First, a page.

For many of us, mistletoe means a kiss from someone special. But if your pet accidentally mistakes it for a snack, it could be hazardous.

There are 2 varieties of mistletoe: American and European. American mistletoe, while more common and less harmful, poses risks for both cats and dogs. In small amounts, it can cause gastrointestinal irritation, while larger amounts can lead to abnormal heart rate, low blood pressure, and a loss of coordination. It’s also been known to cause seizures and could even be fatal in some cases. Contact your vet or pet poison control line right away if ingested.

Watch out for:
vomiting, diarrhea, signs of abdominal pain or discomfort, impaired walking and coordination, collapsing, seizures.

5. Christmas tree

Dogs and cats might be tempted to gnaw on parts of the Christmas tree, which could cause a few problems. Although the toxic effects of needles and sap are typically mild, it’s still important to take some precautions. Needles can puncture the intestines or cause intestinal blockage, while toxins from needles and sap can cause irritation in the gastrointestinal tract. The level of severity depends on how much is consumed.

Particularly hazardous, however, is the basin water, which can contain pesticides, preservatives, and fertilizers. This could be deadly to cats, dogs, and even children if ingested in high amounts, so a covered basin is highly recommended. You could also go with an artificial tree (although the consumption of synthetic material could cause intestinal blockage and some toxicity).

Watch out for: drooling, vomiting, diarrhea, excessive licking or salivating, changes in appetite or behavior.

Festive alternatives

So does that mean your home can’t be decked out with holiday cheer? Not at all! In fact, there are several ways to work around these obstacles. Poinsettias, for example, look great on patios and porches. And they’ll survive as long as they aren’t exposed to extreme cold. Just give them a spritz of pet repellant to keep the neighbor’s outdoor cats at bay.

You can also hang synthetic poinsettias, which let you keep the festive look without all the risk. And did you know that roses and Christmas cactus are nontoxic? Boasting bright red hues, they’re brimming with holiday cheer.

As for your Christmas tree, the most foolproof plan is to keep pets away from the tree when you’re not home. There are a variety of pet-safe sprays, some of which come with a motion-sensor release that’ll deter your cat or dog from tampering with the tree. You can also install a tree barricade to keep cats from climbing the trunk and ingesting sap, needles, tinsel, or electrical wires.

And to ensure your pets are totally protected, get a quote for pet insurance today.

Happy holidays!

How to Jump-Start a Car [Video]

A dead battery is no big deal if you’re within reach of jumper cables and a friendly car owner. (And, for added safety, a flashlight, goggles, and gloves.) But if you’ve never had to jump-start a car, or if you want to brush up on your battery knowledge, check out our handy how-to video.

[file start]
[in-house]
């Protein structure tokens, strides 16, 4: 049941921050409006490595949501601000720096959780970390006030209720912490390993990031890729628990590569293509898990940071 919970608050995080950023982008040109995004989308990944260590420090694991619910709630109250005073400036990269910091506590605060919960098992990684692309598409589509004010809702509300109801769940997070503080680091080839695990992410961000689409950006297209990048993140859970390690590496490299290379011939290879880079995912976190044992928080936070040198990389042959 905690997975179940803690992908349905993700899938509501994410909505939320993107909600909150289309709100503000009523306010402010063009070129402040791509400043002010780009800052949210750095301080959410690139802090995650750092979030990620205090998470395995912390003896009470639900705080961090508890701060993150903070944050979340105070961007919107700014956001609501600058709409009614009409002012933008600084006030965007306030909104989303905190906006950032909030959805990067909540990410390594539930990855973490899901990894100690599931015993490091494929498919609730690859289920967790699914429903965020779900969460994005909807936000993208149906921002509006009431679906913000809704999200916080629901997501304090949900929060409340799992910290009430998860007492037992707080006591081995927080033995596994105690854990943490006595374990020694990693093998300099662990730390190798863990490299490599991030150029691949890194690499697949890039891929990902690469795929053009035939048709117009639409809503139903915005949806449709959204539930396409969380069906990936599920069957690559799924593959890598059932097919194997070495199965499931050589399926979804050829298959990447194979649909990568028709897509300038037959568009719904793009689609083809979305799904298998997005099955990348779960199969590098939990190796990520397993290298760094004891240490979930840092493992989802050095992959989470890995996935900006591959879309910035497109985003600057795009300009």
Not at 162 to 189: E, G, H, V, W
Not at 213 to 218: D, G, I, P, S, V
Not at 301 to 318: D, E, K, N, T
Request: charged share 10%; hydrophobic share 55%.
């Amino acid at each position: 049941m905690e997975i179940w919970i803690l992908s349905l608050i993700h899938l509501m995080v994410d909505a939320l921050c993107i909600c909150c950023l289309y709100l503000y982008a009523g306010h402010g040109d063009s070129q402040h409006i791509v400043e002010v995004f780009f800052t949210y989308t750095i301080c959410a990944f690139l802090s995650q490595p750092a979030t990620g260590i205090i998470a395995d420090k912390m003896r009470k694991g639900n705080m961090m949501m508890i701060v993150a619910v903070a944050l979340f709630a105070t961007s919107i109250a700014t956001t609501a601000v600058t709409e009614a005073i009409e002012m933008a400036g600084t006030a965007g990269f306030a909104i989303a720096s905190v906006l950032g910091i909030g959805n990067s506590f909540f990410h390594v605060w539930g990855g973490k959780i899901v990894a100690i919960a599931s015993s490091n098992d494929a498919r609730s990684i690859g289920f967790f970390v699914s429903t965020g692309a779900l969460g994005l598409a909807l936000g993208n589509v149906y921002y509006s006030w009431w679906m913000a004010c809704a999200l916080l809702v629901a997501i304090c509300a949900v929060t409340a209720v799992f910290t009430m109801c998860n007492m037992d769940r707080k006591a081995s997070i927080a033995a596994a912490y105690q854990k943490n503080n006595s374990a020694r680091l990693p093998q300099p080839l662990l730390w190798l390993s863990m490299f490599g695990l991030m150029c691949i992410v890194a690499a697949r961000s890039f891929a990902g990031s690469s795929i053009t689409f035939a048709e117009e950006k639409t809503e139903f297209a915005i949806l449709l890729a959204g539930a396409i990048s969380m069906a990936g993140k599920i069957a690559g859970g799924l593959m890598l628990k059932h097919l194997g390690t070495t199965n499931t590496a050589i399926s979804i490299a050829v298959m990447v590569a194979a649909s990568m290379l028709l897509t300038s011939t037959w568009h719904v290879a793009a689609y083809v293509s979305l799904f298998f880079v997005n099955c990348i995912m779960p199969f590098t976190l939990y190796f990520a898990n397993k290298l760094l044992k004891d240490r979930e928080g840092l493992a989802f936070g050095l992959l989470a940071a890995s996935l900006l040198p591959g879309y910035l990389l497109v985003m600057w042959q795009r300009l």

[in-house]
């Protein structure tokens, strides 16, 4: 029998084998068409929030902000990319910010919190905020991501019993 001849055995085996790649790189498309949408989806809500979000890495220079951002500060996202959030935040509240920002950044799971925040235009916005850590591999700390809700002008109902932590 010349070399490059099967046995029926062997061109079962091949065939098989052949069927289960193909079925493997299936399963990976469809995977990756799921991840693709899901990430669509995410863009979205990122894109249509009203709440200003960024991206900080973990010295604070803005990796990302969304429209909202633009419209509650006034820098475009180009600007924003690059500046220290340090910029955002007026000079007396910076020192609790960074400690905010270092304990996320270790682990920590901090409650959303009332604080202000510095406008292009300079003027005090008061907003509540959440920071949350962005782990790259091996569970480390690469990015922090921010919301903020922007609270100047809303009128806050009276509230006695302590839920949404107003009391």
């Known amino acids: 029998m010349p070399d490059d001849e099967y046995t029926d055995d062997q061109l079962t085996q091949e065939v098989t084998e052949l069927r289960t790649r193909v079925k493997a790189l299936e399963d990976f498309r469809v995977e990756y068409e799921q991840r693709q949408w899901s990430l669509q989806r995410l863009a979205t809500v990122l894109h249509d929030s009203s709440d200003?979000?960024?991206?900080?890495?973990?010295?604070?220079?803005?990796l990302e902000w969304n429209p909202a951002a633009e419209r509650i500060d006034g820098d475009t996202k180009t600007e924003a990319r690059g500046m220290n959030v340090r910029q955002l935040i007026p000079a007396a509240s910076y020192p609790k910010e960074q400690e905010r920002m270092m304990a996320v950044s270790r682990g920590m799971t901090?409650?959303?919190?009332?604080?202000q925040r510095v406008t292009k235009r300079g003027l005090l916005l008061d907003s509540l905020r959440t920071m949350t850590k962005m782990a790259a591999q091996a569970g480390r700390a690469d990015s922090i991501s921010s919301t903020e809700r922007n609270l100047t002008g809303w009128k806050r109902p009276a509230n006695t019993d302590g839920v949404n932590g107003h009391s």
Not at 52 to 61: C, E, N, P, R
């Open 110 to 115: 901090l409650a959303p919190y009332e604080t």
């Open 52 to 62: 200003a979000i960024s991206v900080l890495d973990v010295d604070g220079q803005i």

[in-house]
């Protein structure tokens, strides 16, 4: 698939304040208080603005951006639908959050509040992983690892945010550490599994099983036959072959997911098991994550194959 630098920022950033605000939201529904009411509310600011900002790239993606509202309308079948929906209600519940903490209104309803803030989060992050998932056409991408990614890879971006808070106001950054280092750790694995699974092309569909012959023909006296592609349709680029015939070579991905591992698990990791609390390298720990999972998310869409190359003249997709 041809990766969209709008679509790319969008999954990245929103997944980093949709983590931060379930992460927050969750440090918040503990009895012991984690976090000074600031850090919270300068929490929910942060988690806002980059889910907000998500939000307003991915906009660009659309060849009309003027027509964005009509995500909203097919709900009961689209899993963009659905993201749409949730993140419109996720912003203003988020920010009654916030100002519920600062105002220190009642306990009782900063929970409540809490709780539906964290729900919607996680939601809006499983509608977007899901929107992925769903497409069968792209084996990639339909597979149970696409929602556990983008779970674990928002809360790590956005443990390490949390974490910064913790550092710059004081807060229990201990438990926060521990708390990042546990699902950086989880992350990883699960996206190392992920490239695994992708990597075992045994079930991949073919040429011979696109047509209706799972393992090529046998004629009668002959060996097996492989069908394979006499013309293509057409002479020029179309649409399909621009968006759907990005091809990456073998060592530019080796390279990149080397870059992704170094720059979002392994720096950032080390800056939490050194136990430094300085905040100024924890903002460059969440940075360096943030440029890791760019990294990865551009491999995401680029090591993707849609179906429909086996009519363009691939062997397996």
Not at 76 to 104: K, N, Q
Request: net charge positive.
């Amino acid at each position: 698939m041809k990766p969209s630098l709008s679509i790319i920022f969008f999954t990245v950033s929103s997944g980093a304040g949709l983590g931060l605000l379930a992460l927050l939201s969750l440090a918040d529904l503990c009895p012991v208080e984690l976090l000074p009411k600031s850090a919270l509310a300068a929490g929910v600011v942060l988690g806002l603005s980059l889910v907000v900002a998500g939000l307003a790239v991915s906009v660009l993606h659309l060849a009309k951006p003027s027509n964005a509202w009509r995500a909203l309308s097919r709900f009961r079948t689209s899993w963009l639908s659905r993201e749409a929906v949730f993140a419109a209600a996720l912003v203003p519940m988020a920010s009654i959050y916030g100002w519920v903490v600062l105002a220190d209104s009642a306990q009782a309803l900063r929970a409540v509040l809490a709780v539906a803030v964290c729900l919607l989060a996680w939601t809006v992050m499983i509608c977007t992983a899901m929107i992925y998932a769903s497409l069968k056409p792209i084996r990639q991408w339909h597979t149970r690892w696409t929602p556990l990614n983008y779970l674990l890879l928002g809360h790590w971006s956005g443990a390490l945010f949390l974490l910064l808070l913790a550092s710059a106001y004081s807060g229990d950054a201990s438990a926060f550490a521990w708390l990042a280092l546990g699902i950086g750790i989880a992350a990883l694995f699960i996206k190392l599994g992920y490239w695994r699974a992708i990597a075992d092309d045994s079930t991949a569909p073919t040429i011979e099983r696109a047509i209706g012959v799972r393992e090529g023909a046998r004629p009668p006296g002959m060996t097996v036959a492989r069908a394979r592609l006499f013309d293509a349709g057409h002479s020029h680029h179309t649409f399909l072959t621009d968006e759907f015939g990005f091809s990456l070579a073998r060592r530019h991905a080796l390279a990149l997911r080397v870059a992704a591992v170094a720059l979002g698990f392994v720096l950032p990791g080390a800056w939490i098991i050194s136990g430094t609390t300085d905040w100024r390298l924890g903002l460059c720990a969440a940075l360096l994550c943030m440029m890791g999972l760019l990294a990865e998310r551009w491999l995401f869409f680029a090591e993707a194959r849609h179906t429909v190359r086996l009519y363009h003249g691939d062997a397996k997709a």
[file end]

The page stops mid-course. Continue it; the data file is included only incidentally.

Related links

How to Park on a Hill

How to Parallel Park 

How to Cool an Overheated Engine

How to Avoid Panicking When Your Brakes Fail

How to Check Your Oil

How to Survive a Blown Tire

Famous, Impressive, and Super Cool Doors Across America

Providers of welcome, protection, and passage, doors can be far more than just slabs on hinges — often, they have a story to tell about the place you’re about to enter or what the world was like when the door was first hung. From monumental doors honoring history and literature, to massive portals taller than moon rockets, to decorative entryways that are masterpieces of style, these cool doors will knock your socks off.

Bronzed and beautiful doors

Doors of DC

As symbols of American history and democracy, it’s only appropriate that Washington DC’s federal institutions have doors worthy of their status. All the main buildings of the Library of Congress have elaborate doors, but perhaps the most famous are the doors of the John Adams Building. Sculpted by American artist Lee Lawrie, the doors depict mythical and historical heroes of the written word, including Hermes, messenger of the Greek gods, and Sequoyah, a Native American who created an alphabet for the Cherokee language. To make the doors more compliant with safety regulations, the bronze reliefs were recently recast in glass —the original doors are on display nearby, set into niches.

Not to be outdone, the U.S. Capitol boasts 3 sets of monumental bronze doors. The main entrance doors depict the life of explorer Christopher Columbus, the Senate doors are decorated with scenes from the Revolutionary War and the life of George Washington, and the House doors feature major events from American history, such as the signing of the Treaty of Paris in 1783.

Grace Cathedral, San Francisco, CA

Longing to see the Renaissance art treasures of Italy, but can’t go that far afield? Visit San Francisco’s Grace Cathedral instead. The church’s gilded, 15-foot-high main entrance doors, which depict scenes from the Old Testament, are replicas of the Gates of Paradise by Renaissance master Lorenzo Ghiberti (the originals were crafted in 1452 for the Baptistery in Florence’s Piazza del Duomo). The Grace Cathedral doors are considered to be the most accurate replicas in existence since they were cast from molds made from the original doors.